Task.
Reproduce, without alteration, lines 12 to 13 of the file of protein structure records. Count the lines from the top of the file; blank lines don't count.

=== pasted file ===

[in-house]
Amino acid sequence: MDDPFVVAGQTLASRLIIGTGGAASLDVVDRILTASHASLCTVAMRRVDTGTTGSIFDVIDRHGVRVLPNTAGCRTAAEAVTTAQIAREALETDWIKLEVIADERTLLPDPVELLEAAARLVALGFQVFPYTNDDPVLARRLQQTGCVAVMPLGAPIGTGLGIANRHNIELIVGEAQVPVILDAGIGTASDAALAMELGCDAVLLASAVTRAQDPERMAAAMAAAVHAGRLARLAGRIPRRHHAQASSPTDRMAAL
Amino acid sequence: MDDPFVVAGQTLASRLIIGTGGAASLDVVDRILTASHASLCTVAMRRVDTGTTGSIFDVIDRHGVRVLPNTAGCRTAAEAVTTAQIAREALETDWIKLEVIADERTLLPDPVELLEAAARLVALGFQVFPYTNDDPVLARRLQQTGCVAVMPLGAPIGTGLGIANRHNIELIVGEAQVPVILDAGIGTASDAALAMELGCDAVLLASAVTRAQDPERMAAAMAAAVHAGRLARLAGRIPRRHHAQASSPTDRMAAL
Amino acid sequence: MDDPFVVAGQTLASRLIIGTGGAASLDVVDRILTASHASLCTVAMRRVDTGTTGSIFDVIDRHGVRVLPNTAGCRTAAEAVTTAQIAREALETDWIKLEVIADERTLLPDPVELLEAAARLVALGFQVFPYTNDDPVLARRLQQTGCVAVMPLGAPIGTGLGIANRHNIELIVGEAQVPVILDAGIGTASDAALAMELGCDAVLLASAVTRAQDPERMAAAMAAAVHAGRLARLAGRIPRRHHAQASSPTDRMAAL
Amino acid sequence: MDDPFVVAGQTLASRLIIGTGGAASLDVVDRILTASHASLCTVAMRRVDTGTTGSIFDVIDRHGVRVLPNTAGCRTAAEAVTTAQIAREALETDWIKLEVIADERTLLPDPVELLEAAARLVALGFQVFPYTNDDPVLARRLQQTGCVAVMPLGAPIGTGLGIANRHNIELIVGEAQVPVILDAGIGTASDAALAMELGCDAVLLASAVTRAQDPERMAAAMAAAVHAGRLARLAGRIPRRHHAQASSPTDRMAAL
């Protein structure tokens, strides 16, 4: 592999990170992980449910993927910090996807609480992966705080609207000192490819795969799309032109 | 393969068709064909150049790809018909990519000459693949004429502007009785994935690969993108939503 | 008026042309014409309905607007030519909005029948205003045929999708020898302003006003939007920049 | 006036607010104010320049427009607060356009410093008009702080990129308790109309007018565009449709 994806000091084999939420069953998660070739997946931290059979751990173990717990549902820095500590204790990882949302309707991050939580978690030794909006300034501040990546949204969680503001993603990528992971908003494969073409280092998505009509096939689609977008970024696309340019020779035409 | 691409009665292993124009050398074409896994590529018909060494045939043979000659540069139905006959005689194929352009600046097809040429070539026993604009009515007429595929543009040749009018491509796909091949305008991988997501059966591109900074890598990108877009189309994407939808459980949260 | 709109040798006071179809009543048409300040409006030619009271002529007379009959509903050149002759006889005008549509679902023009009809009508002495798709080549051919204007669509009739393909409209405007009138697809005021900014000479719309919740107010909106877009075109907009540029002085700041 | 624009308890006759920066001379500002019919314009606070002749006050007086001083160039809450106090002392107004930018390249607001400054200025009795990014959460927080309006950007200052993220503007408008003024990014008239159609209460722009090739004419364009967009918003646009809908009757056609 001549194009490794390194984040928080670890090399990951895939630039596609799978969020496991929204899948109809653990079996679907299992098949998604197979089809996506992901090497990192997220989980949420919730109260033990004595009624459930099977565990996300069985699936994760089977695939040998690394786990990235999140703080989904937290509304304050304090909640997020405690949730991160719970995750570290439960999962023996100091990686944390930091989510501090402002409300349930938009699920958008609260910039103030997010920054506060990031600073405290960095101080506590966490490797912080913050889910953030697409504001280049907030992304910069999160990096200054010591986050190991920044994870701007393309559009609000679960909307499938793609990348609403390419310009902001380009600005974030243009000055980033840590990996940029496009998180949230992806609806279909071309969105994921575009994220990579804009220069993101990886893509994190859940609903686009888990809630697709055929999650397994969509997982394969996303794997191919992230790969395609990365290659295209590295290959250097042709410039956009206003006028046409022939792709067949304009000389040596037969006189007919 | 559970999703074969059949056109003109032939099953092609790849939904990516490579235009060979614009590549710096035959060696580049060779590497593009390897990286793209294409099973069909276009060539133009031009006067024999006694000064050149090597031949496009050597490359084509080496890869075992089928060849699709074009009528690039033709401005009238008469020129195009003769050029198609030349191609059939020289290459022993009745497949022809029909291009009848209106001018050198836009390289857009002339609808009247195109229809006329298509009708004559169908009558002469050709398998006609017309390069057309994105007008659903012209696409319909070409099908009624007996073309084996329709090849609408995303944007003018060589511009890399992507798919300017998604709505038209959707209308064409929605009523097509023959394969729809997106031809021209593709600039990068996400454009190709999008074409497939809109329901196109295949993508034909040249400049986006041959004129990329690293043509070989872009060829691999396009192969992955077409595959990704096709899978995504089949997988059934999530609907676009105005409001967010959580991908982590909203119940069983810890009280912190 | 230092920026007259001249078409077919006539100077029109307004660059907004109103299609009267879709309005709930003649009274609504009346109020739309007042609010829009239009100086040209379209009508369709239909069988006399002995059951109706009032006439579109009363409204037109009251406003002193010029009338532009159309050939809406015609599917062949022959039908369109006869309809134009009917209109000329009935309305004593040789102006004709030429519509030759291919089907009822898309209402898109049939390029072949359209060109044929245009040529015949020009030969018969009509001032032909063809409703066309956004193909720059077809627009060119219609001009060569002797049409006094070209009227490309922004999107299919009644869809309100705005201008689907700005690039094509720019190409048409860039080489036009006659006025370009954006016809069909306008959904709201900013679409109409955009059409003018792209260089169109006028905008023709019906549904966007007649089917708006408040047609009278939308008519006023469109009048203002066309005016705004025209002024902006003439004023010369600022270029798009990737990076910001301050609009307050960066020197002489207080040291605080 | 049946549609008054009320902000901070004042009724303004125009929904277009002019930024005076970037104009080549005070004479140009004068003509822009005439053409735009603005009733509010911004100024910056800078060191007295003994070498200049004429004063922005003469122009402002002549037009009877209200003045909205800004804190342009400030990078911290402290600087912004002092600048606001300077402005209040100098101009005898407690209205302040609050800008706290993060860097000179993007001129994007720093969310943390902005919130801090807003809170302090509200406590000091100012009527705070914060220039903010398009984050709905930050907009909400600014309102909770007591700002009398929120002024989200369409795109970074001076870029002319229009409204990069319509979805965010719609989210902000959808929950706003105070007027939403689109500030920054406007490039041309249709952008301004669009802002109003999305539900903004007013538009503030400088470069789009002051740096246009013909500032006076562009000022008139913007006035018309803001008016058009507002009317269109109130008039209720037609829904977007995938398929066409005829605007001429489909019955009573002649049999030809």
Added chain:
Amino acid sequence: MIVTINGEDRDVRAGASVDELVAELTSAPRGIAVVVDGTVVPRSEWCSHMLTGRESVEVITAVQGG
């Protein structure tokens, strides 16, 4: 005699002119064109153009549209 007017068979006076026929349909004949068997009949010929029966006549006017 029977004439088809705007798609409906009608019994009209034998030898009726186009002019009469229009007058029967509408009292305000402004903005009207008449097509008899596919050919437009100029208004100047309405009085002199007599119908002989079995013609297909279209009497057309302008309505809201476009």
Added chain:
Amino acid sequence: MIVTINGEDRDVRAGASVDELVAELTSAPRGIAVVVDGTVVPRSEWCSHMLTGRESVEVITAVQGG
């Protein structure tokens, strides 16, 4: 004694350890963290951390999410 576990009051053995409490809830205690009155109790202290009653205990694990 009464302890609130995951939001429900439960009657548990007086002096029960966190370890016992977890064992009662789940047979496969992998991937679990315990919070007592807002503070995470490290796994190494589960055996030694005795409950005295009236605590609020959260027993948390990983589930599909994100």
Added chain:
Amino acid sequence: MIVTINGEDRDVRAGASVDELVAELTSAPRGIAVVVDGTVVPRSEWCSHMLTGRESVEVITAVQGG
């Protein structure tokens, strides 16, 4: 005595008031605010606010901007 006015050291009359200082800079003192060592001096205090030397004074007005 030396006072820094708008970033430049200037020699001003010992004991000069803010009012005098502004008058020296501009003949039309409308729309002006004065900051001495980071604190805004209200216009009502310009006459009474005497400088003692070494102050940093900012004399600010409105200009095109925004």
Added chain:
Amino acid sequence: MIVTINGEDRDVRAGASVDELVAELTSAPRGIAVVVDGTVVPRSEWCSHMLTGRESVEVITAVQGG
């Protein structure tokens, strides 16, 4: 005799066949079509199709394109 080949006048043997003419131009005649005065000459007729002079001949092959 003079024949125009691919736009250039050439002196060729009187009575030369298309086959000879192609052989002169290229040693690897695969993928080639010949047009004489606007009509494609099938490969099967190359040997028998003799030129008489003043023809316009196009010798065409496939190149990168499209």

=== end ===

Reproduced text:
């Protein structure tokens, strides 16, 4: 004694350890963290951390999410 576990009051053995409490809830205690009155109790202290009653205990694990 009464302890609130995951939001429900439960009657548990007086002096029960966190370890016992977890064992009662789940047979496969992998991937679990315990919070007592807002503070995470490290796994190494589960055996030694005795409950005295009236605590609020959260027993948390990983589930599909994100």
Added chain: